Hey CMO: Your Product Story sucks! Great Product Marketing Needs a Better Story, I / II


Share on LinkedIn

Humans are wired for stories; we’re storytelling animals. Yet, we’re living in an era of ‘Big Data’ information overload. There is too much data chasing too little mindshare these days. That’s because data itself doesn’t create what people want most: meaning. The resurgence in storytelling, the original social medium, is an important and welcome evolution for a number of reasons. Stories are memorable. And because they are memorable, stories scale in a way that facts alone cannot. And a multiplier effect is critical in marketing. Finally, stories cut through the tremendous clutter – most of it lacking meaning – created by this online content explosion. Here’s where stories pay dividends: according to recent Stanford research, stories are remembered up to 22 times more than facts alone. So if you aren’t telling stories in your content, you are missing the most important way to connect with an audience.

From Product Features and Benefits to Elevated Marketing Story

The most important thing any organization can do is become a storytelling organization. As marketers we focus on our company story, our purpose story and origin stories. How much attention do we give our product stories? Becoming a storytelling organization also means elevating your product or service discussion to one that focuses on the human needs of your audience. It begins with telling the right stories about real people who use your product or service and not focusing on the product itself. Your best stories are not about your products or you. Your goal is to tell a bigger story that makes your customer the hero.

A Changing Buying Cycle

Of course, features have a place in marketing. However, when the focus is on features and benefits, it’s not long before competitors claim parity. Features evolve rapidly, as product life cycles are becoming shorter – especially in technology. Moreover, the way customers are buying – especially in b2b — has changed. According to Forrester (Oct 2012), the average b2b customer is 66% – 90% along in the buying journey before he or she reaches out to the vendor. Customers are doing their own research and they’re asking the most important question: How will your product or service make my life better? And by “life” we don’t just mean work. People have emotional needs like security, stress reduction and reputation enhancement that have to be met as well. Ignore those at your own peril. Stories fuel a powerful b2b content marketing strategy that gives people the right content or story at the right time in the buying cycle. Moreover, stories simplify the decision-making process. One thing prospects don’t need more of – complexity!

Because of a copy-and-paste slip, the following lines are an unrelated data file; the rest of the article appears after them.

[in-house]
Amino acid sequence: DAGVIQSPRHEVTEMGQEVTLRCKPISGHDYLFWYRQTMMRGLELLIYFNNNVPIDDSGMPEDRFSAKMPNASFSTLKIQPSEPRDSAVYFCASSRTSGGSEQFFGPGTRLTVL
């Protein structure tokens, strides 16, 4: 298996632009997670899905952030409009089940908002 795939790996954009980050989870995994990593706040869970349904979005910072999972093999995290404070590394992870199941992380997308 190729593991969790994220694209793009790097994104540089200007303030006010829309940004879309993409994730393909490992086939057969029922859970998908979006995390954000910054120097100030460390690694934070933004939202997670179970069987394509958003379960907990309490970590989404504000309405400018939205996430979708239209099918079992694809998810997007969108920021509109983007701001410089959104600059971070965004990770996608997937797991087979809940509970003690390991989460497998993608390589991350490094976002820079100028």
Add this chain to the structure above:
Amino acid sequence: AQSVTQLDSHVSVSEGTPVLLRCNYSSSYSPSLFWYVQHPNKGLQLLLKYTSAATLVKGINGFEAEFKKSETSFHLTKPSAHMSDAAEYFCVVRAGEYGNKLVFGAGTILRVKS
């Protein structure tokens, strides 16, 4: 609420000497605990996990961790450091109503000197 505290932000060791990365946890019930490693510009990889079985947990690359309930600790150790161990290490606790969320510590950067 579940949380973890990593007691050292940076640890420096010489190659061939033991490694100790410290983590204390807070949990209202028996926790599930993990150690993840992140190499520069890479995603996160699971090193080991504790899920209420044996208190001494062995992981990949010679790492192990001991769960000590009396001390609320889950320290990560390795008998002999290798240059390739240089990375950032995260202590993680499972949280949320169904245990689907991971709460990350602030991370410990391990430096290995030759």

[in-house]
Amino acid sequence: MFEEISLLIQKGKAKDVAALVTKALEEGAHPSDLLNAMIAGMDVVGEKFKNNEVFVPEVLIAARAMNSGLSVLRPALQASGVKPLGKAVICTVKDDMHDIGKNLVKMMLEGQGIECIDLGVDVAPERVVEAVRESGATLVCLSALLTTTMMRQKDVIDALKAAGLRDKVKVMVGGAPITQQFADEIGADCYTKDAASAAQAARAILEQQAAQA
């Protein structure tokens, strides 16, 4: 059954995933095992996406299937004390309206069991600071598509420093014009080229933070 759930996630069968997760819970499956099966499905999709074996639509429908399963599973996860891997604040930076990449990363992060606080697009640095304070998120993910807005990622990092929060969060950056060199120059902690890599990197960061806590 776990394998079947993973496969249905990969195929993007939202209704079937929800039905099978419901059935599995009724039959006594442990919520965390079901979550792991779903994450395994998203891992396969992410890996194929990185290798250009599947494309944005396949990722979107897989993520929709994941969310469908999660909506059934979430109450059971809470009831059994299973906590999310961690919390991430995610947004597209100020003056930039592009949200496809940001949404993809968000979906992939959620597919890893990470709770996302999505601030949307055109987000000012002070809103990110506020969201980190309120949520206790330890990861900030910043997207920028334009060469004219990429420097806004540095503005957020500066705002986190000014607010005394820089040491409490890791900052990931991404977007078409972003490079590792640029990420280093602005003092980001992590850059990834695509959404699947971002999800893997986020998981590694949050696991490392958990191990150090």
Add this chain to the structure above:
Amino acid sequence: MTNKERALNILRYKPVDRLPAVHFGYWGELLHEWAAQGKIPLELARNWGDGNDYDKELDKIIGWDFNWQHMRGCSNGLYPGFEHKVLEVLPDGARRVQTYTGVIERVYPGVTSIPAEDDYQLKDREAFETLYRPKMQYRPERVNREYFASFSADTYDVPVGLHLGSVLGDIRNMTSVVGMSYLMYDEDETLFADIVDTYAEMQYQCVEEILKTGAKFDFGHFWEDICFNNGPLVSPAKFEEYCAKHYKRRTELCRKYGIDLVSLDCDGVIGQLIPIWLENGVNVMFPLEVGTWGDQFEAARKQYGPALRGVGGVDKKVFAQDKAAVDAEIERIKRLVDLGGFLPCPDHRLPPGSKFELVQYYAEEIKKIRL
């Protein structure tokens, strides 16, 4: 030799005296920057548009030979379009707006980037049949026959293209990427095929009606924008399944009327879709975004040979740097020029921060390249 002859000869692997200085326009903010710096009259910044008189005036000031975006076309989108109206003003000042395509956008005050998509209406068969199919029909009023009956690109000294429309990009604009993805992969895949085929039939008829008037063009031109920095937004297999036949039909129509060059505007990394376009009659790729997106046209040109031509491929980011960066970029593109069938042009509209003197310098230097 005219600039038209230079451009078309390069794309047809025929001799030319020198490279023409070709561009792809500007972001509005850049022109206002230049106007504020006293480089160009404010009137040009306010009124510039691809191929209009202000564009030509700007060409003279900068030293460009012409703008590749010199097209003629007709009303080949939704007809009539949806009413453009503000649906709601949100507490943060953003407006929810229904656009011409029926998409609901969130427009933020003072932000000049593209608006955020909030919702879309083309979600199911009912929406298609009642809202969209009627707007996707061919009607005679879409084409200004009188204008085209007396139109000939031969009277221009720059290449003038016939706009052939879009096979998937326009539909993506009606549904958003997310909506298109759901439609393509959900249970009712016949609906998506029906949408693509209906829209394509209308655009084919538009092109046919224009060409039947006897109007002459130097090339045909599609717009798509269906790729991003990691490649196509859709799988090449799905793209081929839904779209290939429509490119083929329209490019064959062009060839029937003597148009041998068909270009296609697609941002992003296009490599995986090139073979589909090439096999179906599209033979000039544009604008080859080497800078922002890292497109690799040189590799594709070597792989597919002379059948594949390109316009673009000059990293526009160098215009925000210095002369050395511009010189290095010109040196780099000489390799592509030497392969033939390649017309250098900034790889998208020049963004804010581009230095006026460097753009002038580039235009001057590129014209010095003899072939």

Stories of customer success and real change, therefore, matter more than ever. And if your marketing fails to elevate the discussion to one about how lives are improved, you’ll never rise above the noise. And stories aren’t something that marketers should be thinking about after the product is built. As I’ve written about before, customer stories and empathy must drive a human-centered product design process as well as content marketing after a product is designed and launched.

A Better Story: Get Started, Then Adapt

One of my favorite models for getting started with storytelling comes from improvisation – a powerful, real-time way of co-creating stories. It’s also that classic and fun universal bed-time story model that you’ll recognize from movies, too. I’ve used this model as an improviser on-stage and as a marketer. Recently, I used this approach in several storytelling sessions I gave at Product Camp Silicon Valley 2013.

What I love about this particular model, called the ‘7-step story’, is that you can easily adapt it. This approach walks people through all the key elements of a story: the protagonist/hero, the challenge/conflict (villain), the climax, the resolution, and the ending/change. This model works for just about every type of story a company can have: a core purpose story (sometimes called your ‘why’ story), product stories, origin stories, and others.

Here’s the model for product / service stories told through the lens of your customer: